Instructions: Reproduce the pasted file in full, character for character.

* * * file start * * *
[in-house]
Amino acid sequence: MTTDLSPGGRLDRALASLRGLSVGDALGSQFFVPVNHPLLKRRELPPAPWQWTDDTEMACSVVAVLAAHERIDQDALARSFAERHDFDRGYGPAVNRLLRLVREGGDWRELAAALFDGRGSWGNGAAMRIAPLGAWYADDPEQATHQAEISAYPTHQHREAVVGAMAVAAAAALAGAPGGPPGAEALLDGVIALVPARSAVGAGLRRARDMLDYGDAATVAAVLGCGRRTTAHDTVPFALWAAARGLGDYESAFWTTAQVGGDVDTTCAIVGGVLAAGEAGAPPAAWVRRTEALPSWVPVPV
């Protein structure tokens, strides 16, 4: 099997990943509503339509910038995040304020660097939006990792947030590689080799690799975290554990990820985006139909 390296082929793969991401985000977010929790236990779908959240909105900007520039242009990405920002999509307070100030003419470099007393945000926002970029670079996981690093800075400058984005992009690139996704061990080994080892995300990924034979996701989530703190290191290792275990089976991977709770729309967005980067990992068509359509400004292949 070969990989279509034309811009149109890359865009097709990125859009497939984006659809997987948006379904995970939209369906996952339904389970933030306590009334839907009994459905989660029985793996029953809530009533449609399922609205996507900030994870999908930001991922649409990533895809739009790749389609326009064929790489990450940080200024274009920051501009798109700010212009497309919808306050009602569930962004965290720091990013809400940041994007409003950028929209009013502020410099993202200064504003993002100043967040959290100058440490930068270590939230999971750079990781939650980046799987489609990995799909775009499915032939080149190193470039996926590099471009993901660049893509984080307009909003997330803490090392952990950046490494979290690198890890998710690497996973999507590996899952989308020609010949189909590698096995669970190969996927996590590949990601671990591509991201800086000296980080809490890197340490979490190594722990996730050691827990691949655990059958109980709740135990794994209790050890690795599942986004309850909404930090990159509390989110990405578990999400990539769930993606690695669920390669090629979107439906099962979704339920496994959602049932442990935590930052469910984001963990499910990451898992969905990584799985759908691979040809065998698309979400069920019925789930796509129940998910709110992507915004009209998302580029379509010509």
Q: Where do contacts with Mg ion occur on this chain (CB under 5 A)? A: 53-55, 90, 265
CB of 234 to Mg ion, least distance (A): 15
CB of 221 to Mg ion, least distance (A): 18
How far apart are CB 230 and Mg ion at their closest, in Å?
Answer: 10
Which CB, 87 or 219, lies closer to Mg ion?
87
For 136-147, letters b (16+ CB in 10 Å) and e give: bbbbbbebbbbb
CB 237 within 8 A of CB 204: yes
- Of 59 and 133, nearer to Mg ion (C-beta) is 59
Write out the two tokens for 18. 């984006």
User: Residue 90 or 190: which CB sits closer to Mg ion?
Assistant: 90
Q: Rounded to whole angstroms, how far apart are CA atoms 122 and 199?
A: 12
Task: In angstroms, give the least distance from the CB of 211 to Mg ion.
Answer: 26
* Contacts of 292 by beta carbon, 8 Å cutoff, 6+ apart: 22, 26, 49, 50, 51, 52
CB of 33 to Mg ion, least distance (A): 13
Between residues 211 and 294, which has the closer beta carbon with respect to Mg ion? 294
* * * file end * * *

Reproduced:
[in-house]
Amino acid sequence: MTTDLSPGGRLDRALASLRGLSVGDALGSQFFVPVNHPLLKRRELPPAPWQWTDDTEMACSVVAVLAAHERIDQDALARSFAERHDFDRGYGPAVNRLLRLVREGGDWRELAAALFDGRGSWGNGAAMRIAPLGAWYADDPEQATHQAEISAYPTHQHREAVVGAMAVAAAAALAGAPGGPPGAEALLDGVIALVPARSAVGAGLRRARDMLDYGDAATVAAVLGCGRRTTAHDTVPFALWAAARGLGDYESAFWTTAQVGGDVDTTCAIVGGVLAAGEAGAPPAAWVRRTEALPSWVPVPV
């Protein structure tokens, strides 16, 4: 099997990943509503339509910038995040304020660097939006990792947030590689080799690799975290554990990820985006139909 390296082929793969991401985000977010929790236990779908959240909105900007520039242009990405920002999509307070100030003419470099007393945000926002970029670079996981690093800075400058984005992009690139996704061990080994080892995300990924034979996701989530703190290191290792275990089976991977709770729309967005980067990992068509359509400004292949 070969990989279509034309811009149109890359865009097709990125859009497939984006659809997987948006379904995970939209369906996952339904389970933030306590009334839907009994459905989660029985793996029953809530009533449609399922609205996507900030994870999908930001991922649409990533895809739009790749389609326009064929790489990450940080200024274009920051501009798109700010212009497309919808306050009602569930962004965290720091990013809400940041994007409003950028929209009013502020410099993202200064504003993002100043967040959290100058440490930068270590939230999971750079990781939650980046799987489609990995799909775009499915032939080149190193470039996926590099471009993901660049893509984080307009909003997330803490090392952990950046490494979290690198890890998710690497996973999507590996899952989308020609010949189909590698096995669970190969996927996590590949990601671990591509991201800086000296980080809490890197340490979490190594722990996730050691827990691949655990059958109980709740135990794994209790050890690795599942986004309850909404930090990159509390989110990405578990999400990539769930993606690695669920390669090629979107439906099962979704339920496994959602049932442990935590930052469910984001963990499910990451898992969905990584799985759908691979040809065998698309979400069920019925789930796509129940998910709110992507915004009209998302580029379509010509």
Q: Where do contacts with Mg ion occur on this chain (CB under 5 A)? A: 53-55, 90, 265
CB of 234 to Mg ion, least distance (A): 15
CB of 221 to Mg ion, least distance (A): 18
How far apart are CB 230 and Mg ion at their closest, in Å?
Answer: 10
Which CB, 87 or 219, lies closer to Mg ion?
87
For 136-147, letters b (16+ CB in 10 Å) and e give: bbbbbbebbbbb
CB 237 within 8 A of CB 204: yes
- Of 59 and 133, nearer to Mg ion (C-beta) is 59
Write out the two tokens for 18. 């984006």
User: Residue 90 or 190: which CB sits closer to Mg ion?
Assistant: 90
Q: Rounded to whole angstroms, how far apart are CA atoms 122 and 199?
A: 12
Task: In angstroms, give the least distance from the CB of 211 to Mg ion.
Answer: 26
* Contacts of 292 by beta carbon, 8 Å cutoff, 6+ apart: 22, 26, 49, 50, 51, 52
CB of 33 to Mg ion, least distance (A): 13
Between residues 211 and 294, which has the closer beta carbon with respect to Mg ion? 294